The Rise of Digital Money

In only ten years since the creation of bitcoin, cryptocurrencies have made the leap from niche academic concept to a reality of increasing relevance to consumers, investors and policymakers - with the potential to revolutionize the banking and financial system. A recent IMF paper (in the new series of FinTech Notes) by Tobias Adrian (Financial Counsellor and Director, Monetary and Capital Markets Department) and Tommaso Mancini-Griffoli (Deputy Division Chief, Monetary and Capital Markets Department) analyses the interplay between new forms of money and the banking sector, with a focus on financial stability.

The paper argues that the two most common forms of money today – cash and bank deposits – will face intense competition in the near future from different types of electronic currencies and could even be made obsolete. The paper proposes answers to three key questions on the impact of electronic money on the financial system – What? When? How? It also adds notes on what Central Banks may potentially do about it.

Figure 1: The "money tree"

Source: Adrian and Mancini-Griffoli (2019)
Notes: CBDC = Central bank digial currency


At the core of the understanding that the paper proposes is the “money tree” taxonomy of monies (see Figure 1: The "money tree"), based on four attributes of a means of payment:

  1. Type – either an object or a claim. For example, cash or bitcoin can be thought of as physical or electronic objects. The other option is to transfer a claim on value existing elsewhere (e.g. a debit card payment).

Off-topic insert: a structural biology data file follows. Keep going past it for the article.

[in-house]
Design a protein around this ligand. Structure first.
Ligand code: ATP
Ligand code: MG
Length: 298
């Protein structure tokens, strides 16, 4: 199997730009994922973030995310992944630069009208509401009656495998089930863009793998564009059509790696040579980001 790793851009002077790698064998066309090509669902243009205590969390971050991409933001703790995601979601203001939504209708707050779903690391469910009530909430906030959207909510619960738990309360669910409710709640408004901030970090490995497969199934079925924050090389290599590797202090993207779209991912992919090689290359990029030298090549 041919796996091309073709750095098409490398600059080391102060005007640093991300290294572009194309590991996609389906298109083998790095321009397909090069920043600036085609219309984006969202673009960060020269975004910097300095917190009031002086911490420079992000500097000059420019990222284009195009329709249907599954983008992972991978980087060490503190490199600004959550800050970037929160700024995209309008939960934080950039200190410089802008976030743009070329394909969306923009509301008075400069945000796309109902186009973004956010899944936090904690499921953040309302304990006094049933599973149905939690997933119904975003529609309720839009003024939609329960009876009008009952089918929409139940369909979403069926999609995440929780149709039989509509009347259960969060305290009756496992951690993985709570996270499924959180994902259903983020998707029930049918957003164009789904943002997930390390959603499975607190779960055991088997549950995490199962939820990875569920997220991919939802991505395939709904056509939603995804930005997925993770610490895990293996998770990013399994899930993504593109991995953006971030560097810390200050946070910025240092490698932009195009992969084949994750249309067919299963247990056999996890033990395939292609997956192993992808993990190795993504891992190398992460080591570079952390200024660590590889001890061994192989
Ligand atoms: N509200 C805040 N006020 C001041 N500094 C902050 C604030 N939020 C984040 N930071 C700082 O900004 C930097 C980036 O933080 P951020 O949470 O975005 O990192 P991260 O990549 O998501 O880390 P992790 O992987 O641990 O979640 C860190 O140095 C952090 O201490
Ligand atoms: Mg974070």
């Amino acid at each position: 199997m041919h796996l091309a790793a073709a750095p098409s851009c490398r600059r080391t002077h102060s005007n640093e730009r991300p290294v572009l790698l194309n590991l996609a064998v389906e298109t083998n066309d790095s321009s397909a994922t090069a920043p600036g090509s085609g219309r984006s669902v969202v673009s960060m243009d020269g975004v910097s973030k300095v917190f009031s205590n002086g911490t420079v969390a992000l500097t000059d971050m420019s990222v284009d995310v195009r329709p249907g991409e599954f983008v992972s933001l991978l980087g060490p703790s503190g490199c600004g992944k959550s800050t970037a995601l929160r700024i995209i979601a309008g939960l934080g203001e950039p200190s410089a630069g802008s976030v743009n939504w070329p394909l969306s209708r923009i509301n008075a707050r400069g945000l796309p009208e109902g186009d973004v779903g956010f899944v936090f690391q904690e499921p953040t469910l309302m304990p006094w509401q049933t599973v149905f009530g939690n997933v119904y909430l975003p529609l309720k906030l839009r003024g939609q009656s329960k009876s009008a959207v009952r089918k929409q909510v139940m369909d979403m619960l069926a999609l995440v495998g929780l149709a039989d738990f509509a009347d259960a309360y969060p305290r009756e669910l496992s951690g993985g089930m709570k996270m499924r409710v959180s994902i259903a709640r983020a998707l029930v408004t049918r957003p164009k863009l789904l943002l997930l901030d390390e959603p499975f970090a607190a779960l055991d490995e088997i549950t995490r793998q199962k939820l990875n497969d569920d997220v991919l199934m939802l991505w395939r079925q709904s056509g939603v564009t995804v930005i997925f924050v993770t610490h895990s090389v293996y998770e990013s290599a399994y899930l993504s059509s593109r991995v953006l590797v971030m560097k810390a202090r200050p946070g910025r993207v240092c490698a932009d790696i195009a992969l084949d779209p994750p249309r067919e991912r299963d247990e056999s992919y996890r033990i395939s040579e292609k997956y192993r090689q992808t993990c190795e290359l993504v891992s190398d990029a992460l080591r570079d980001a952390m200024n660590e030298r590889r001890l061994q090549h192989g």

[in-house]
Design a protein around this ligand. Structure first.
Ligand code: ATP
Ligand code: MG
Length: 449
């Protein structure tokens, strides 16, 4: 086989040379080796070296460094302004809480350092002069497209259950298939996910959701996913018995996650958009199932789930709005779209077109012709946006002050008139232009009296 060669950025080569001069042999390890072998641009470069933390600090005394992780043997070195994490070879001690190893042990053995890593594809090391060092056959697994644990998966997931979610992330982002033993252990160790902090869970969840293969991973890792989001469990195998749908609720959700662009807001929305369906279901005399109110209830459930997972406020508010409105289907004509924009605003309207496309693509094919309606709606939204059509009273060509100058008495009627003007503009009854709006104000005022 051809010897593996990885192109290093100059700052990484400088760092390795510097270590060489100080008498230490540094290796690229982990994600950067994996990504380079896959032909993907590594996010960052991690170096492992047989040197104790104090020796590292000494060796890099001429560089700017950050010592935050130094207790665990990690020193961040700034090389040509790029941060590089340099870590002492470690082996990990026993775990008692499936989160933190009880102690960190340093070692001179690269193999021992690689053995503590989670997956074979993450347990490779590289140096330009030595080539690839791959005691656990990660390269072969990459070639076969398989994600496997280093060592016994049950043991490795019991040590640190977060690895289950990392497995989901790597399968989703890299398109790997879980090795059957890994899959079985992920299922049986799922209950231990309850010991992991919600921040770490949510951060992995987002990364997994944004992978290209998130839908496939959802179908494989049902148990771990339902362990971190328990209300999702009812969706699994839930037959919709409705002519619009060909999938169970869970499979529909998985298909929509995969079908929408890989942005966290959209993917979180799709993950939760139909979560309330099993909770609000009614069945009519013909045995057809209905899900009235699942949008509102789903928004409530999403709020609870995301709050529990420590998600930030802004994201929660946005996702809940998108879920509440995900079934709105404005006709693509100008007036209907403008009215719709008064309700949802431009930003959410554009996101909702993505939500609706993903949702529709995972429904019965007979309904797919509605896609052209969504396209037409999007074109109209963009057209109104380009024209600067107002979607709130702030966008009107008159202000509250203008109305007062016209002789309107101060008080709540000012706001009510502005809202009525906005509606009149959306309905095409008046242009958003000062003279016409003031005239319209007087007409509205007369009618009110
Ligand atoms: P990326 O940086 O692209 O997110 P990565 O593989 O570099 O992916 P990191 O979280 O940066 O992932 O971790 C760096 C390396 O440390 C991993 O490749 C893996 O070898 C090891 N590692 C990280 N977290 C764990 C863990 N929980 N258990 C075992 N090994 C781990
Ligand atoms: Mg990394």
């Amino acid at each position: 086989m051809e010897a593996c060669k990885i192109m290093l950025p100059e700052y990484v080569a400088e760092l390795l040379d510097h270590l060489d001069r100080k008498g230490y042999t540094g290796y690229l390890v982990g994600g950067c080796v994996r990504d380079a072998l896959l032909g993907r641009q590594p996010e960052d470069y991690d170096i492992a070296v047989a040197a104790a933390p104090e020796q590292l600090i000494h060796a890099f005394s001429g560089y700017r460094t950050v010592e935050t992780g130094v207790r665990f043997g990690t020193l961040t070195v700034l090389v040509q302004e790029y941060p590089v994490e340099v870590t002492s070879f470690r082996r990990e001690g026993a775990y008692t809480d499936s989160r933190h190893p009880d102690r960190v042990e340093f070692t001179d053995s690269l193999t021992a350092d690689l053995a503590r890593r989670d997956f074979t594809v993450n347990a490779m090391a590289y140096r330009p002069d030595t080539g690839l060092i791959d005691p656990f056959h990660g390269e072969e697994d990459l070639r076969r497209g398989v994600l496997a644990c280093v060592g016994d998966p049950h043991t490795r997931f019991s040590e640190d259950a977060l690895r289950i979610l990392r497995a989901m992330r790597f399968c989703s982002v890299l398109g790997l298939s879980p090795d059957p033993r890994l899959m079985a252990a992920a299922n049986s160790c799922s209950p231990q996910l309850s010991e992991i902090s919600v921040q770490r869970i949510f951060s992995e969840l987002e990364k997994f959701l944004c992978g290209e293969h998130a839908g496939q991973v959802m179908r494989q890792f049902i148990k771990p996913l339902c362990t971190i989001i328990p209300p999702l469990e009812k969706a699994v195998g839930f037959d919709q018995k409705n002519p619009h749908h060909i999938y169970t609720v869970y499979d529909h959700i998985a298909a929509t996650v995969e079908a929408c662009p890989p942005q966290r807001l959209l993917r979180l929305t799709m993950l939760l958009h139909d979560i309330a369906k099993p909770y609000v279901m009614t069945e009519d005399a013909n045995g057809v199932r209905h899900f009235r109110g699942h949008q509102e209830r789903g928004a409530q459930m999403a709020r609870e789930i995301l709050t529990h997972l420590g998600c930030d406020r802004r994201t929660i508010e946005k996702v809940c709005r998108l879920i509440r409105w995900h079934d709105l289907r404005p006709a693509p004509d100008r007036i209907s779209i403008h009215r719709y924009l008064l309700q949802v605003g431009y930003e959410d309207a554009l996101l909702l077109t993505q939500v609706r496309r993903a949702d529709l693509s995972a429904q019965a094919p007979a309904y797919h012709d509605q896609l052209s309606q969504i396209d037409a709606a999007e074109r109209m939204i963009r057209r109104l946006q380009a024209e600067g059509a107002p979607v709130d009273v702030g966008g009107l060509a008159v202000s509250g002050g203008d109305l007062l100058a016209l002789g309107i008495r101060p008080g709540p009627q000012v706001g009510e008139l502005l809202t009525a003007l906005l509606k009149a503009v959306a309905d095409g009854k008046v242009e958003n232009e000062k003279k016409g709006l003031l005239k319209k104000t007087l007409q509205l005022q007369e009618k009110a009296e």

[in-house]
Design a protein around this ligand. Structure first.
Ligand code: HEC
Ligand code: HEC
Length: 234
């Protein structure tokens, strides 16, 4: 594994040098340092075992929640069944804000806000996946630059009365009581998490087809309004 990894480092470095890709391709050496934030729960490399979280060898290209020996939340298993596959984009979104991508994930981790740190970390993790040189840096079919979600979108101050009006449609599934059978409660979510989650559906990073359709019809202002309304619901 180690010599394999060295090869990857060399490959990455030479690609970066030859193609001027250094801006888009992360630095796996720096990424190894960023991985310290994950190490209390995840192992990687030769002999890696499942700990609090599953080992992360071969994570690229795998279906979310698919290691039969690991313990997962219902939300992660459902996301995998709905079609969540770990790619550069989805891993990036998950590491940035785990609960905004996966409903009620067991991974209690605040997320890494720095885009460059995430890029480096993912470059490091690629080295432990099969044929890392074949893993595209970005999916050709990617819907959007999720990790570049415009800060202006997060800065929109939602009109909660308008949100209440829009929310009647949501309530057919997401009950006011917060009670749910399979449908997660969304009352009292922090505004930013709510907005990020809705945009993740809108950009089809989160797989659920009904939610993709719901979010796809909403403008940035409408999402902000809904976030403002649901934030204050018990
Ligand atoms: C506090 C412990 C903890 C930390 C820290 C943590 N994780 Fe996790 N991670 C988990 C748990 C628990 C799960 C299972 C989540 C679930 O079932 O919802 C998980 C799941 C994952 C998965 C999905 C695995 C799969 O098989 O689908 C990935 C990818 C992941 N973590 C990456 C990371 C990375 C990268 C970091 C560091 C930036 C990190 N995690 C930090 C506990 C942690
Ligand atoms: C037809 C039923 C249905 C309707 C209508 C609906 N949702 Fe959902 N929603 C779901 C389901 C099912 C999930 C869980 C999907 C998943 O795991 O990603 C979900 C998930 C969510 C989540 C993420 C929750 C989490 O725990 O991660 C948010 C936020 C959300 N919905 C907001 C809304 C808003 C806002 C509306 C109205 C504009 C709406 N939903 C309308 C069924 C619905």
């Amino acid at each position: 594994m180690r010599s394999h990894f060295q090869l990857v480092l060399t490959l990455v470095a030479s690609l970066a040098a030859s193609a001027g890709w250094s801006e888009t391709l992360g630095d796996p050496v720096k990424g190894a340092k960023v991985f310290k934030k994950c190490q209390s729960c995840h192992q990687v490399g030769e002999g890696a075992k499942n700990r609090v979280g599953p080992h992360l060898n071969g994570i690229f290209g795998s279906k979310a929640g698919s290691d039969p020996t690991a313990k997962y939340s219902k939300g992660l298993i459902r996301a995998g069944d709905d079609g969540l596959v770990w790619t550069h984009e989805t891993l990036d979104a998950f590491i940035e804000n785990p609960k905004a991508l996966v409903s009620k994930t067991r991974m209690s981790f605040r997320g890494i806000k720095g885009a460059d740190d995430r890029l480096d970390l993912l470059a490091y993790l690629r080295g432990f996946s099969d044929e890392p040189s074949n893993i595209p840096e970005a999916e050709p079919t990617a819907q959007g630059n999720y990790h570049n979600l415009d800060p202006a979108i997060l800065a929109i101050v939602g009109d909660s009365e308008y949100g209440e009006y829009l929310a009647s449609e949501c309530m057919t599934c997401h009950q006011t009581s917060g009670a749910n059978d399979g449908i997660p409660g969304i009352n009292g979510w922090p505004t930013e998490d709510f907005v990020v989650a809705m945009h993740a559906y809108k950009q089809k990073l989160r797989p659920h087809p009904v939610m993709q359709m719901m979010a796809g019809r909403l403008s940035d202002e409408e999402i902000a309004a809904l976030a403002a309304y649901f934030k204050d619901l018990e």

2. Value - i.e. whether the redemption of a claim in currency is at fixed or variable value. A claim with a non-fixed value can be thought of as an equity-like instrument with upside and downside risks.
  3. Backstop - i.e. whether the government provides a guarantee to redemption rights or instead solely relies on prudent business practices.
  4. Technology – either a centralised or decentralised (e.g. Distributed Ledger Technology - DLT) settlement.

In the money tree, the paper focuses on three forms of money:

  • B-money - the most common claim-based money existent is based around commercial bank deposits, supported by the complex infrastructure of card payments.
  • E-money - i.e. cryptocurrencies that issue claims that can be redeemed in currency at face value upon demand (e.g. Alipay and WeChat Pay in China, Paytm in India, and M-Pesa in East Africa). This is like b-money, except that redemption guarantees are not backstopped by governments.
  • I-money - a potential new means of payment. I-money is equivalent to e-money, except that it offers variable value redemptions into currency, as an equity-like instrument. I-money entails a claim on assets, typically a commodity such as gold or shares of a portfolio. Examples of i-money are Digital Swiss Gold (DSG), Novem (gold-backed) and probably Libra (portfolio of assets-backed).

These three forms of electronic money offer very different profiles in terms of their risk-return characteristics. For example, e-money does not benefit from government backstops in the same way that b-money does, and hence is exposed to liquidity and market risks. I-money is exposed to market and exchange rate risks due to the nature of the collaterals.


Despite the potential risks, the authors argue that the adoption of e-money may grow rapidly due to six mutually reinforcing factors: (i) convenience, (ii) ubiquity, (iii) complementarity, (iv) low transaction costs, (v) relative trust in countries with weak financial systems, and (vi) network effects.